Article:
Obi-Wan Kenobi was the upcoming show I was most excited about when it was announced. As someone who grew up with the Star Wars prequels, I was excited to return to that era alongside Ewan McGregor and Hayden Christensen, who would return to their iconic roles. After a great start, the middle of the series started to sag and there were a lot of awkward, oddly written parts. As such, it wasn’t clear how the finale would go, but for the most part it gave me what I really wanted from this series: closure between the characters of Anakin and Obi-Wan as they appear in the prequels and in the original trilogy.
What appeared to be a standalone series centered around Obi-Wan while protecting Luke turned into a more planet-hopping adventure featuring Obi-Wan and Leia. That’s fine, even if it was unexpected, since Obi-Wan’s story was still intriguing and he was expected to be played to perfection by McGregor. While it’s not the more remote story it seemed to be, there were some excellent scenes, such as the flashbacks to Anakin and Obi-Wan’s workouts and the many fun moments between Obi-Wan and Leia.
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But as was the case with Boba Fett’s book, it was full of confusing and sometimes bizarre decisions. From little things like Leia clearly hiding in Obi-Wan’s coat to big narrative beats like two different characters surviving torso stabs from a lightsaber, there was an underlying inconsistency that hurt the series. Some of the action scenes were done well enough, but many others were either silly or lacking, which was especially evident in the infamous chase scene from the first episode. there were great moments spanning most episodes, but they kept getting undermined by these odd choices.
Admittedly, the finale suffered from a few of these moments, but the clash between Obi-Wan and Vader was the highlight of the entire show. Not only did it deliver some stunning action moments during the fight itself, but it built on the tense, emotional relationship between Obi-Wan and his former Padawan. Whether or not you’ve experienced it The Clone Wars series or additional novels, you could feel the complicated history between the two in this season closing clash.
As someone who grew up loving the adventures of Obi-Wan and Anakin in the prequels, this battle was extremely gripping. From the first battle to Obi-Wan’s barrage of rocks, there was real emotion behind every attack. Their complicated feelings for each other, from Vader’s blinding hatred to Obi-Wan’s undying determination, bled through effortlessly. These moves told the story through action, making a good action scene a great one and reminiscent of their last one duel Revenge of the Sith in this respect.
These powerful swings came to a crescendo when part of Vader’s helmet was shaved off, combining James Earl Jones’ Vader’s voice with Christensen’s Anakin. Anakin’s voice was no longer completely hidden, revealing his raw anger and the shell of the human being he had passed into. This literal and figurative exposure gave Obi-Wan’s tearful response more weight, as he was finally able to make contact with the man he felt as if he had failed; not the masked monster he had become. Seeing his face meant that Obi-Wan could finally see that his friend was gone and get the closure he’d wanted since their duel on Mustafar.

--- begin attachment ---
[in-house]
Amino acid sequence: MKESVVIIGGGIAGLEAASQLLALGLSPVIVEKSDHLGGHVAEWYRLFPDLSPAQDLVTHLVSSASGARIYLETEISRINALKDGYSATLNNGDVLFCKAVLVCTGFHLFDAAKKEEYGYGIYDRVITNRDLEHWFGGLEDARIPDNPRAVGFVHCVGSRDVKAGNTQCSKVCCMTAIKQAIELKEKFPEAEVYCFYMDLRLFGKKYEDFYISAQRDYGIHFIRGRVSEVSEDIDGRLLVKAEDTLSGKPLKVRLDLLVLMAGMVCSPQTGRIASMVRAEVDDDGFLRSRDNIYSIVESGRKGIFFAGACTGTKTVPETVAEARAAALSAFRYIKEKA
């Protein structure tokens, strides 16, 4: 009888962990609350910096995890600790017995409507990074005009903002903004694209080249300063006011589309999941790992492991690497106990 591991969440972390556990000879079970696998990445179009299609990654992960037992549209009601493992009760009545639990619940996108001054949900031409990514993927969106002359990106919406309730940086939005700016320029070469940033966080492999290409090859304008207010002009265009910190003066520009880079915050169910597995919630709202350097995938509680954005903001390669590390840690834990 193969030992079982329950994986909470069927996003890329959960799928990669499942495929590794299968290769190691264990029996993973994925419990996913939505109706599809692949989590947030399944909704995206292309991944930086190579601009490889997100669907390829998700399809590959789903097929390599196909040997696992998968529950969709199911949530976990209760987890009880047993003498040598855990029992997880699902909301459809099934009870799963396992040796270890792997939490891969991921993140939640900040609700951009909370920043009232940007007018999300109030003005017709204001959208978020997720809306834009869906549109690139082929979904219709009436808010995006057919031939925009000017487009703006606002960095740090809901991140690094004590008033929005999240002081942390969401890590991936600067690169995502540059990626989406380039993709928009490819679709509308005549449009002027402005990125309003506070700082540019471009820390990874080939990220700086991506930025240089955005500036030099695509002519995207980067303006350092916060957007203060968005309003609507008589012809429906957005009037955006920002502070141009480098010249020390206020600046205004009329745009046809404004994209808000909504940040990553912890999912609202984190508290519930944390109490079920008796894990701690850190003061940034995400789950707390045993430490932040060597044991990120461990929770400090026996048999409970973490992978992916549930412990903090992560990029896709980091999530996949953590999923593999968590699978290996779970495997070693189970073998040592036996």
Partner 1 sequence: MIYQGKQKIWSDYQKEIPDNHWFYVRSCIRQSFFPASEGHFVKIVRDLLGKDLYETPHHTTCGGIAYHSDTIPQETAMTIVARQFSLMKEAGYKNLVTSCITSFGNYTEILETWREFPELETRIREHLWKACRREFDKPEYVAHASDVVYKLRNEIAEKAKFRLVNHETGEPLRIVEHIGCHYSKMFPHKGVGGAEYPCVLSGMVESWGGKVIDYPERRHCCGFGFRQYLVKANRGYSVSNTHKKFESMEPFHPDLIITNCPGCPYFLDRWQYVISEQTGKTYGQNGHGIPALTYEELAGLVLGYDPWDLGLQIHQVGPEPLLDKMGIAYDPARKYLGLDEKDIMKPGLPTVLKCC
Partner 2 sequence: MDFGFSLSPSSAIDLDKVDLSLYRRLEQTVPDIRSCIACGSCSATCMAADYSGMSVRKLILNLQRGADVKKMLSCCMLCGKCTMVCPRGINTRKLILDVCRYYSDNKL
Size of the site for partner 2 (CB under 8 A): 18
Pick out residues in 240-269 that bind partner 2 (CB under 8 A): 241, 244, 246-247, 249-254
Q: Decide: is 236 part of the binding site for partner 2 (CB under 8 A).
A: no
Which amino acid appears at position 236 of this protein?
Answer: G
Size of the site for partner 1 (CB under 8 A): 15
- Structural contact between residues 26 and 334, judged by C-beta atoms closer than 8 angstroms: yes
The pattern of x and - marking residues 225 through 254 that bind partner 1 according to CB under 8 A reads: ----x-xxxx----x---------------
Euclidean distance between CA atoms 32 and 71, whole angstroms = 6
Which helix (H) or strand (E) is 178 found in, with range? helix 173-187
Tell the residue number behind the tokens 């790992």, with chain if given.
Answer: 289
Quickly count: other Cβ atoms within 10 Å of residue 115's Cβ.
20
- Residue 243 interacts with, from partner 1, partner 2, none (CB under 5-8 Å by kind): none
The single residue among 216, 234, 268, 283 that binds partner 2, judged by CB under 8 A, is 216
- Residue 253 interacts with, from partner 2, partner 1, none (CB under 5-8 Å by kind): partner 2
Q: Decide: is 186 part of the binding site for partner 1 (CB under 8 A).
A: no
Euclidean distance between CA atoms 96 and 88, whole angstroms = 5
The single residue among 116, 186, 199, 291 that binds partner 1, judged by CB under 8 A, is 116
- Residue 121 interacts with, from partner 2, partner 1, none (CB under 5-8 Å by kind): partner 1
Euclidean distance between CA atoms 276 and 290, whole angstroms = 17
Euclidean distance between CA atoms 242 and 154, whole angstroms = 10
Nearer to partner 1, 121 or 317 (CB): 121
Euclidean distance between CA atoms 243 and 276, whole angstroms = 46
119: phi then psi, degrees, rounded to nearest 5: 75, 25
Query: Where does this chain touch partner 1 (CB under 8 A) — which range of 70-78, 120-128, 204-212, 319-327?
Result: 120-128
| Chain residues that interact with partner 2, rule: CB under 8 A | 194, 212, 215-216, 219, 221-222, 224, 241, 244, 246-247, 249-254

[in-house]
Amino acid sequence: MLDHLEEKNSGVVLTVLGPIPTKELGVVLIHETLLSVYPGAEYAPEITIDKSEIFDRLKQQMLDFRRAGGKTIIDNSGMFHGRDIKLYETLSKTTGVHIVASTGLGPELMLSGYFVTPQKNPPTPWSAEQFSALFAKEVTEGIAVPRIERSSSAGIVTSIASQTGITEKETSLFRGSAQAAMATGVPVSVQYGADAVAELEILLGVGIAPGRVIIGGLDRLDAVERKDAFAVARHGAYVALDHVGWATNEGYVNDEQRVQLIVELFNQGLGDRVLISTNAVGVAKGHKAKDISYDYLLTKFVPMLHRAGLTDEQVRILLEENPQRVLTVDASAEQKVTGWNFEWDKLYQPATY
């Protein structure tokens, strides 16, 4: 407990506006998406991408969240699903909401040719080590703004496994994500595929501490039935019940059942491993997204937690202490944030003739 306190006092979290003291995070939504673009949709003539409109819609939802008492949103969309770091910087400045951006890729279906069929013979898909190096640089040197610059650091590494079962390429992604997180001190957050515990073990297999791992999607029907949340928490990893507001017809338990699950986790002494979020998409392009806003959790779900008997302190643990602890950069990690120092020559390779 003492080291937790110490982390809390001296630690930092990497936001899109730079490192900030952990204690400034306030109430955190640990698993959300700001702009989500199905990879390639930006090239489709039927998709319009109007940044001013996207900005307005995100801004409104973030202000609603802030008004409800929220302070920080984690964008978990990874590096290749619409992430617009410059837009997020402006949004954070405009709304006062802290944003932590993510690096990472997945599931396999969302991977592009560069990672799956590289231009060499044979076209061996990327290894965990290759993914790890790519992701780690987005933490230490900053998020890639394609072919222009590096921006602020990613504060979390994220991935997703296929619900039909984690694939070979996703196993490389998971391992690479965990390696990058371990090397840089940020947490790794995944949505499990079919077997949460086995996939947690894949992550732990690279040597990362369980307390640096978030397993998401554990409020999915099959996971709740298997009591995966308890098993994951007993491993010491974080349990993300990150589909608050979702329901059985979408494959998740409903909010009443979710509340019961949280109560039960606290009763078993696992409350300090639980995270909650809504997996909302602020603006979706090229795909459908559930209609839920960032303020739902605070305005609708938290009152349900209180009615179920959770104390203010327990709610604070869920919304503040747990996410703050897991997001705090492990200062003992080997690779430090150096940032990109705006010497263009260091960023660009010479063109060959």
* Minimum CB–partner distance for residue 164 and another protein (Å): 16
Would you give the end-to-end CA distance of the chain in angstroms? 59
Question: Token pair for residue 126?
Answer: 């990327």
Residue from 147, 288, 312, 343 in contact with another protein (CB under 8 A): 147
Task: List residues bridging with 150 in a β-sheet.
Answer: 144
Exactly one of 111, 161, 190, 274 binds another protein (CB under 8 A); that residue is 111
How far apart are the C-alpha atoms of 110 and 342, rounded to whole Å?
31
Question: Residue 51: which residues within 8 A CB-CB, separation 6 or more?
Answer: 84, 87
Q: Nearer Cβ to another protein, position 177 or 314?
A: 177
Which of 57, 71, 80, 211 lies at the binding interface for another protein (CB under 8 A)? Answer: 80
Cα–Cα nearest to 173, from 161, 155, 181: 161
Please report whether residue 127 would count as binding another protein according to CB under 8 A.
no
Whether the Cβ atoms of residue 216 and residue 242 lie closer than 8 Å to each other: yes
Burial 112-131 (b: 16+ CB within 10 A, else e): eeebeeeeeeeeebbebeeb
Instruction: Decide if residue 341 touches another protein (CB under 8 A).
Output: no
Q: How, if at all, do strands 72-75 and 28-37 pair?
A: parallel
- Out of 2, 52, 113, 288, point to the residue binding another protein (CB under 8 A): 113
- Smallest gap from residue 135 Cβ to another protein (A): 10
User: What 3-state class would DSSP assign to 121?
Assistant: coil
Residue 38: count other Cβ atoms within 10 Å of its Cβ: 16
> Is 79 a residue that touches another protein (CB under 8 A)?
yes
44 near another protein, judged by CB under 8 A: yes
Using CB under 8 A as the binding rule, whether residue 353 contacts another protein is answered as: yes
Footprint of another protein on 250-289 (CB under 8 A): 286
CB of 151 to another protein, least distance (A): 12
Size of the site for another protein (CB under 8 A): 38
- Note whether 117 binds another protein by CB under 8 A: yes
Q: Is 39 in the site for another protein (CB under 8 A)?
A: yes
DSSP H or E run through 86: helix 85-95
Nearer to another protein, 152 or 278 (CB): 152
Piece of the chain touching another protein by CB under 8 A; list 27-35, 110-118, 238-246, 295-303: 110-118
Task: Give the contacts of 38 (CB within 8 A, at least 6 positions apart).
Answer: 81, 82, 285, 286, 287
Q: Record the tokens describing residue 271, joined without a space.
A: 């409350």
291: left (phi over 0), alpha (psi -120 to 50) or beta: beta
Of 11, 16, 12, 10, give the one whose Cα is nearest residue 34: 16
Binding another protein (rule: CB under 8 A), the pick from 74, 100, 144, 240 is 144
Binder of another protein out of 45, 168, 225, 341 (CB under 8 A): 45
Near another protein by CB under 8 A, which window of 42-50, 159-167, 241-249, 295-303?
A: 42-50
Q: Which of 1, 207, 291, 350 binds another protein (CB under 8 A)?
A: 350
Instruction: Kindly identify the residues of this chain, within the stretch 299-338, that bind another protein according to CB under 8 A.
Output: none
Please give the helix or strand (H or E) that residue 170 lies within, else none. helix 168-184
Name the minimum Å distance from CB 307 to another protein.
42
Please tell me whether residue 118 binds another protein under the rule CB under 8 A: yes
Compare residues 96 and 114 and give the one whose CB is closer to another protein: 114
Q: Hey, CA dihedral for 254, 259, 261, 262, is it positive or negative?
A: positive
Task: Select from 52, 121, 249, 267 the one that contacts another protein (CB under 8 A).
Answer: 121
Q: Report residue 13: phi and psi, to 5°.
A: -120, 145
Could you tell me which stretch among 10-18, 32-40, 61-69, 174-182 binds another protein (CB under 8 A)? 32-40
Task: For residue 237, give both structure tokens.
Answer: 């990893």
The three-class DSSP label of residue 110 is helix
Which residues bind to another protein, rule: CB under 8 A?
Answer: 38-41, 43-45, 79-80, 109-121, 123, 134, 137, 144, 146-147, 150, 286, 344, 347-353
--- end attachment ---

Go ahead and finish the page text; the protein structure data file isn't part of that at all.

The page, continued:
It’s the thing I’ve been waiting for the entire show, because of course the announcement that the two were returning implied that there would probably be some kind of highly anticipated showdown† Even if they’ve rarely (if ever) met, the knowledge of each other’s existence can determine how they handle conflicts that arise during the series. And if they met, it would be an important event, up there with the pivotal moments of The Mandalorian† While both of their encounters in Obi-wan kenobi were notable, their dynamics were less prominent in the series than I had hoped. Reva’s story was decent and Leia’s interest was an unexpected joy, but Obi-Wan and Vader’s story was the beating heart of the show and that final episode was able to make up for that.
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The final exchange between the two was heartbreaking and only preceded the other exceptional parts of the final. tthe last few scenes where Obi-Wan told Leia about her parents, met Luke, and saw Qui-Gon Jinn provided all the interaction and development Obi-Wan could have had to more fully flesh out his character outside the context of Vader and in a post-Revenge of the Sith world. Obi-Wan has taken great care of both Skywalker kids and is much less miserable than at the start of the show. He has grown from a jaded and defeated former Jedi to a more hopeful and peace-loving recluse. This development should probably have been more widespread throughout the series, but at least it made the finale more memorable.
While the series wasn’t what I expected, the finale was exactly what I wanted. If the whole show had fewer wacky writing choices and more of a focus on Obi-Wan, but kept this final showdown and the scenes that followed, it could have been there with The Mandalorian like the best Star Wars show. As it stands, it’s more than worth going through the rougher episodes to get to the final part, as it’s a beautiful Star Wars supplement that finally fills the gap between the Obi-Wan and Darth Vader seen in Revenge of the Sith and their older counterparts in A new hope†